New Scottish System To Protect Vulnerable Children Unveiled
A new system is to be developed to help child protection agencies in Scotland share information, it was announced today.
The £1.5 million vulnerable person’s system (VPS), which will be created over the coming year, should help the authorities react faster to changes in a child’s circumstances.
Announcing the system, Education Secretary Fiona Hyslop said: “The sickening death of little Brandon Muir has been a terrible reminder to us all why safeguards for Scotland’s children are so important.
“His killer only moved into the family home weeks before, showing how quickly circumstances can change and why it’s vital agencies get the most up-to-date information possible.”
Brandon, who was just 23-months-old, died from a ruptured intestine following an assault by his mother’s boyfriend, Robert Cunningham.
A jury in the High Court in Glasgow last week found the 23-year-old guilty of culpable homicide.
VPS – which will also cover vulnerable adults – will initially allow police forces to share secure, accurate and up-to-date information but will later be open to other agencies.
It aims to reduce the need for unnecessary paperwork, speed up information-sharing and enable police officers attending incidents to quickly assess if anyone involved is classed as being vulnerable.
The system will go live for police forces throughout 2010-11 and from 2011 it will be incorporated in the Scottish Government’s eCare electronic information-sharing system – which will allow the police and other bodies such as in social work and health to bring together key information.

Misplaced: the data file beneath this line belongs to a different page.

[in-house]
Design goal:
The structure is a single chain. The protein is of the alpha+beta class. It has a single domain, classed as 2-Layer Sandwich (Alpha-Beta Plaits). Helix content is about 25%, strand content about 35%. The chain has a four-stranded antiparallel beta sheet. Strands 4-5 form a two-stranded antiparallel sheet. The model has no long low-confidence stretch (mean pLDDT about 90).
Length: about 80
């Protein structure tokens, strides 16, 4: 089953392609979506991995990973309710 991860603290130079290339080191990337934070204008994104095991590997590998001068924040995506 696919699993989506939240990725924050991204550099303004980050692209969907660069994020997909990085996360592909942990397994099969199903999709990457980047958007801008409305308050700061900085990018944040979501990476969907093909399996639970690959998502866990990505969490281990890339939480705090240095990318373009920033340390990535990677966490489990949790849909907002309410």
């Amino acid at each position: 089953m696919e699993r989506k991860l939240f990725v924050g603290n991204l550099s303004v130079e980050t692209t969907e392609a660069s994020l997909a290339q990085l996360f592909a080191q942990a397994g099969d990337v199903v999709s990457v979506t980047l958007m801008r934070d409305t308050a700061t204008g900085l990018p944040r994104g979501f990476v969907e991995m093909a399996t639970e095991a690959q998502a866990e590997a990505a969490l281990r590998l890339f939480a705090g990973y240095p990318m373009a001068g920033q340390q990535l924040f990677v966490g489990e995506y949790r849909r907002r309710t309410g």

The Government is providing £1 million for the project, with the remaining £500,000 coming from the Association of Chief Police Officers in Scotland (Acpos).
Ms Hyslop said: “Ensuring the latest intelligence is available to professionals quickly and securely puts them in the best position to get support to those who need it, when they need it.
“The new vulnerable person’s system will do just that and help agencies track what is happening in a child or vulnerable person’s life to make sure we intervene early to protect those at risk.”
Deputy chief constable Neil Richardson of Acpos welcomed the move and said: “Recent events surrounding domestic and child abuse have continued to focus our attention on the sharing of information and we do recognise the need to ensure that this information is kept securely.
“The VPS will be built to the highest standards of information security and any information shared will be on a need-to-know basis and on a case-by-case basis.
“Understanding a vulnerable person’s needs and identification of the escalating risk gives us opportunities to make the earliest intervention in partnership with our colleagues in social services, education and health.”
Harriet Dempster, the vice president of the Association of Directors of Social Work in Scotland, said today’s announcement was a “significant landmark”.
She added: “It will, when operational, remove the need for photocopying and faxing paperwork to enable speedy exchange of key information and at the same time release frontline staff to do more direct work.”